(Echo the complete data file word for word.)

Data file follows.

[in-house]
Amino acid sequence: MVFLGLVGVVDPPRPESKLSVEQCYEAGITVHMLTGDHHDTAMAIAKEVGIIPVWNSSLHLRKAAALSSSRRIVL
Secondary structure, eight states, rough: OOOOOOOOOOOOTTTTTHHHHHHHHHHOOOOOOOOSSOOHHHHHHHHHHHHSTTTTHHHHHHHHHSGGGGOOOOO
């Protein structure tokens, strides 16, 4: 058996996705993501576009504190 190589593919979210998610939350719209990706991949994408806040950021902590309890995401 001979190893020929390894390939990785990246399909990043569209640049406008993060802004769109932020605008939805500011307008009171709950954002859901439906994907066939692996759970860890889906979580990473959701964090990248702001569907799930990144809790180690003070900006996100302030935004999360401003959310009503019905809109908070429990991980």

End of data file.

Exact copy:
[in-house]
Amino acid sequence: MVFLGLVGVVDPPRPESKLSVEQCYEAGITVHMLTGDHHDTAMAIAKEVGIIPVWNSSLHLRKAAALSSSRRIVL
Secondary structure, eight states, rough: OOOOOOOOOOOOTTTTTHHHHHHHHHHOOOOOOOOSSOOHHHHHHHHHHHHSTTTTHHHHHHHHHSGGGGOOOOO
């Protein structure tokens, strides 16, 4: 058996996705993501576009504190 190589593919979210998610939350719209990706991949994408806040950021902590309890995401 001979190893020929390894390939990785990246399909990043569209640049406008993060802004769109932020605008939805500011307008009171709950954002859901439906994907066939692996759970860890889906979580990473959701964090990248702001569907799930990144809790180690003070900006996100302030935004999360401003959310009503019905809109908070429990991980």